Style magazine - December 2004
"Where are they now?... An illustrated encyclopedia of Baltimore area pop musicians, bands & recordings from the likes of Gary and the GTO's, Calvert Hall's The Nomads, Paper Cup, Crack the Sky, and Great Train Robbery. Hey, you might even be able to dig up dirt on your brother's old disco band."

Rambling Rose - Baltimore Afro-American - April 2005
"...illustrating the history of bands and individual musicians from Baltimore and the surrounding area, from teenage amateurs to professional hitmakers; from 1950s rhythm and blues vocal harmony groups to 1970s headbangers; and rock, soul, jazz and country. The book includes biographies and discographies with more than 2,000 images of bands, musicians, vintage advertisements and photos of hundreds of popular and rare records..."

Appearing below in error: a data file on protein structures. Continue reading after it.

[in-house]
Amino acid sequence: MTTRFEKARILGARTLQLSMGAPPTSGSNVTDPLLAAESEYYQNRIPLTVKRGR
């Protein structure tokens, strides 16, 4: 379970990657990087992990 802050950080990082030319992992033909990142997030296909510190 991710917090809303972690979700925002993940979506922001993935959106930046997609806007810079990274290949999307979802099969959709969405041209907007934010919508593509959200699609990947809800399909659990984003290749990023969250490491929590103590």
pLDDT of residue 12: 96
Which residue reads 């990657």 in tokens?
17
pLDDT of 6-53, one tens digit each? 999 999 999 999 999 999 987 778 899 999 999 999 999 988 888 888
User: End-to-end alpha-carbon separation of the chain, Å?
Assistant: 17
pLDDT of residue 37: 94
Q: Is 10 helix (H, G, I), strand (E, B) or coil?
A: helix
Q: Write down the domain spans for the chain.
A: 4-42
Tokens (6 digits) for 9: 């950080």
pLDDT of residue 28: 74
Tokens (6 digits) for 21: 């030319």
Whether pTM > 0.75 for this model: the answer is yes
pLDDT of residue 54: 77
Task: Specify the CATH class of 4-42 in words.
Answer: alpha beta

Jim Hughes - 2004
"Way to go, Joe V! Fantastic! This is the book we've needed for years! All your research, hard work and investigation has paid off. Now, every musician and fan will be able to see their old friends, favorite bands and what took place in the golden era of rock and roll history. The flavor of the period is captured by the various ads for clubs, teen centers, and favorite hangout restaurants throughout the book. The section on radio stations, personalities and DJ's is a particularly nice touch. We can't relive the past, but through this book we can certainly celebrate the glorious past of the entertainment scene in our area. As for myself, I consider it fortunate to have been a part of it all. As I was reading the advance copy, I couldn't put it down! You, Dear Readers, are in for a real treat. Joe, thanks from all of us, past and present musicians included. Rock and roll never dies!"

*** Joe Vaccarino's bio from his Baltimore Sounds web site ***